However, I can maybe give you a few general pointers. The telescope you have bought is a well-regarded instrument, which has now been discontinued. I would strongly advise you to contact your local astronomy society, who will be more than happy to help you to get the most from the telescope. Since you are planning to pass on your knowledge to the pupils in your school, I think this is especially important. When you know how to align the telescope properly to the Pole star, and set the go-to, it will be much easier and quicker to find objects in the sky. Once you find the object using the go-to, the telescope will track it in the sky for some considerable time. The more accurate the initial go-to, the longer it will track before the object starts to move out of the field of view.

As for equipment, I am not sure of the focal length of the telescope, but I suspect it is probably around 750mm, and I will use this focal length for the purposes of this reply. This means that the 15mm eyepiece you got with the scope will give around 50 times magnification (expressed as 50x). A 2x barlow, used with that eyepiece, will give 100x. (If I am wrong about the focal length, then the formula to find the magnification is - focal length of telescope divided by focal length of eyepiece = magnification. The focal length of the telescope will be given somewhere on the telescope, usually on a little plate near the eyepiece holder))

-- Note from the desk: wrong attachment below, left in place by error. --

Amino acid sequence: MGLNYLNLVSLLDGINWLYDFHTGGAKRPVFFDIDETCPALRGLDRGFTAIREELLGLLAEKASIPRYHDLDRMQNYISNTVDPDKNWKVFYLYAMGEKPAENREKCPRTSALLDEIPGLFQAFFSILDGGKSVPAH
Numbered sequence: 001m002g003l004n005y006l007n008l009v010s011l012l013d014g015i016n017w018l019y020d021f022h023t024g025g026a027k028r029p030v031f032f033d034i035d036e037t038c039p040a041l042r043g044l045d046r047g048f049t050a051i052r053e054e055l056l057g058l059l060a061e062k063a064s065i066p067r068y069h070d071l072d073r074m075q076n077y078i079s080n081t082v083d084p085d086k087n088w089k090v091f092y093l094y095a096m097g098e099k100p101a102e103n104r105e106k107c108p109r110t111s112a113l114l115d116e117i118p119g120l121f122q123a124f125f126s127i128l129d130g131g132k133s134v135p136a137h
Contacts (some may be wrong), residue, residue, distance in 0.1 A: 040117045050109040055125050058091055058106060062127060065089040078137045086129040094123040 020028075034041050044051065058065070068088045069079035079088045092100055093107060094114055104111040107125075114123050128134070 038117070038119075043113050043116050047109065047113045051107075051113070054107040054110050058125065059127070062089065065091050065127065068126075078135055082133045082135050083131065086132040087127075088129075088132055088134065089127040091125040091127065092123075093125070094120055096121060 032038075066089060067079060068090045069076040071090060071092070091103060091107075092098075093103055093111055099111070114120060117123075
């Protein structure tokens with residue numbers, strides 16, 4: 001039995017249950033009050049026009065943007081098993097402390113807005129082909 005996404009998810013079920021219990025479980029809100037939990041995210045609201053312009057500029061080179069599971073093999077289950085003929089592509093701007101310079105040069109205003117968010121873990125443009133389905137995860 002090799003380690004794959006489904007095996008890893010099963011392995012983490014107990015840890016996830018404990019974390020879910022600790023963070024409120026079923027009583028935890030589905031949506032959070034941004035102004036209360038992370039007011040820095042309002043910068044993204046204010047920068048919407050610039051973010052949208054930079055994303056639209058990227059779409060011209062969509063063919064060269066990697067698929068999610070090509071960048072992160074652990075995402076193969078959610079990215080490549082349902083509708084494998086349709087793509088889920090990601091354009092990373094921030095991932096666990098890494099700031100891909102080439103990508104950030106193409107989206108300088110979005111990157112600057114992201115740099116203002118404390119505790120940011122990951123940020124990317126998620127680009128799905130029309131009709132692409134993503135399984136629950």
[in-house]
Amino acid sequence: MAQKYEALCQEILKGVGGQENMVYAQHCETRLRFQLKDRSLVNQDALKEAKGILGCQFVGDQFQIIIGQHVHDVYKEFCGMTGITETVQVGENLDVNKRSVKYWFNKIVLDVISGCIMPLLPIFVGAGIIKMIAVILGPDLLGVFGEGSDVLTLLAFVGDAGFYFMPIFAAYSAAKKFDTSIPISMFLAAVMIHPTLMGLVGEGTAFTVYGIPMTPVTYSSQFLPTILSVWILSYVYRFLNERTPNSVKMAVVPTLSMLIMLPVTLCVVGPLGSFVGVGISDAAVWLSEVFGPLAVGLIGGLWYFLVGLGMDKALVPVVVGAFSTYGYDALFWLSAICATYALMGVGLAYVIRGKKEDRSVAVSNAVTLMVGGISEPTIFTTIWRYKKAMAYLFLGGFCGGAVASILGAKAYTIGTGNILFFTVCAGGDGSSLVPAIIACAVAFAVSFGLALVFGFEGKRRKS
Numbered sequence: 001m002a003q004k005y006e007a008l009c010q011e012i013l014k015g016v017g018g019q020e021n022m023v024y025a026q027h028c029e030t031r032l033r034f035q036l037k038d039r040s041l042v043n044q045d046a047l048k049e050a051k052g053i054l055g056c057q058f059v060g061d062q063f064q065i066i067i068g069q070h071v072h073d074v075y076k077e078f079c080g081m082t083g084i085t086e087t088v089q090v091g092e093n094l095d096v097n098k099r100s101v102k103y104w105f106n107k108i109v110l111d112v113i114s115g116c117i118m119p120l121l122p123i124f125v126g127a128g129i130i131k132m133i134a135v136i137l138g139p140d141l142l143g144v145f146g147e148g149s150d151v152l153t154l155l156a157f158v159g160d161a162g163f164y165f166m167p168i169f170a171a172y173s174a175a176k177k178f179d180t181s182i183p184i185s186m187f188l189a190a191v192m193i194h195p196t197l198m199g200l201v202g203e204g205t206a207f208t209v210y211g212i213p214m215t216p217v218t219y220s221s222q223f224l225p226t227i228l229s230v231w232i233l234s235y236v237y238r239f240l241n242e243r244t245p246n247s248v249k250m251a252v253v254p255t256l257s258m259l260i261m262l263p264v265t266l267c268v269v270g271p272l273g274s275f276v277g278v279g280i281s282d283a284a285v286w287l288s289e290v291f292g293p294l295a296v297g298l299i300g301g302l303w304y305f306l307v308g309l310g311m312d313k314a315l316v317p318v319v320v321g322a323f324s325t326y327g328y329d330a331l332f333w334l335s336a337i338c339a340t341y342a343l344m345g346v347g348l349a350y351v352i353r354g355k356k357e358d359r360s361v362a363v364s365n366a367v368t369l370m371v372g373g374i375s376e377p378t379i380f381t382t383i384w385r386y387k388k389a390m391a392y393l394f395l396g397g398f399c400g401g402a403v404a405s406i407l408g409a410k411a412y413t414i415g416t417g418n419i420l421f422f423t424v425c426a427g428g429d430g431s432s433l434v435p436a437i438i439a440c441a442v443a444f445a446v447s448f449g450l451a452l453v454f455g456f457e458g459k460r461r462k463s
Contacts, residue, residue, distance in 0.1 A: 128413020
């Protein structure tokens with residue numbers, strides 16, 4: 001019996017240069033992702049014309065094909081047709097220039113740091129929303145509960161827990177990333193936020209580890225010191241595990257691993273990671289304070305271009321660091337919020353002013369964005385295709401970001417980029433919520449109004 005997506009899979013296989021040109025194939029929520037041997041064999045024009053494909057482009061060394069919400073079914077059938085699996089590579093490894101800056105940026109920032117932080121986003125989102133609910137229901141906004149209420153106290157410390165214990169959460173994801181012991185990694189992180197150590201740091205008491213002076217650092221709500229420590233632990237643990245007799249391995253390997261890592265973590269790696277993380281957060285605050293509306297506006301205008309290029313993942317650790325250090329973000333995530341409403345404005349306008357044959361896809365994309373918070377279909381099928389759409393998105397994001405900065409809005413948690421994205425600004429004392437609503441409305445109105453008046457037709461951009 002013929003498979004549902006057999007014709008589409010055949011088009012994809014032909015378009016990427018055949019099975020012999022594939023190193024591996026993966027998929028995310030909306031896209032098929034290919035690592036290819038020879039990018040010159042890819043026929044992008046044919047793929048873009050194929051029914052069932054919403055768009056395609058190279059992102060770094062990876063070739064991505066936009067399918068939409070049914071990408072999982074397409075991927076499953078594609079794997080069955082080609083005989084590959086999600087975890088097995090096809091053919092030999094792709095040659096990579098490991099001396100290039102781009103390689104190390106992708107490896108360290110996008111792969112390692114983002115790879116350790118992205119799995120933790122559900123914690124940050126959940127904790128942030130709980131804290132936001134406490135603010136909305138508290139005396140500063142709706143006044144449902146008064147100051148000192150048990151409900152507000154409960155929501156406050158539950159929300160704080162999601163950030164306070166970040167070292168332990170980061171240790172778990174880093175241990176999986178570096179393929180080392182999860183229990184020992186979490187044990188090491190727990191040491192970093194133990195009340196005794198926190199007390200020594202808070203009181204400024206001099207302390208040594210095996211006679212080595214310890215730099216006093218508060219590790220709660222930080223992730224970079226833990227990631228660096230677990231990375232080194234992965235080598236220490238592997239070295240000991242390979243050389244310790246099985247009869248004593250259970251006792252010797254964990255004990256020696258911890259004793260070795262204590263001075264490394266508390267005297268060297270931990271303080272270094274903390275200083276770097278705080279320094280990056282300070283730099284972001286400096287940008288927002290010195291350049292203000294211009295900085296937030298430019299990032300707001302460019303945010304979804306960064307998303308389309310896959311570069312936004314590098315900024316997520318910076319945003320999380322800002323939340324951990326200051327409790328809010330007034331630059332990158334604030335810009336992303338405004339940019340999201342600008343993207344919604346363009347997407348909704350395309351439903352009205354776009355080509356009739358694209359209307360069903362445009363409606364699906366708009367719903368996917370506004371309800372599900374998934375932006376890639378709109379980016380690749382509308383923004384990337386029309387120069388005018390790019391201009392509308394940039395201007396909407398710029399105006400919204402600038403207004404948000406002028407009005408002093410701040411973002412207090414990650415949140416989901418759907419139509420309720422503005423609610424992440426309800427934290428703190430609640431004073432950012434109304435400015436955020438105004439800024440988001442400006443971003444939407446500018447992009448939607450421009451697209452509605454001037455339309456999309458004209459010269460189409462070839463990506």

The higher the magnification, the larger the object being viewed will appear, which might seem obvious. But, with higher magnification, the object will also appear fainter, especially extended objects like galaxies and nebulae. Also, the higher the magnification, the quicker the object will pass across the field of view (in an un-driven telescope).

Many people who do not own telescopes, and know nothing about them, assume that the reason astronomers use telescopes is to get as much magnification as possible. This is untrue. The purpose of an astronomical telescope is to make faint objects brighter, so that they can be seen more clearly.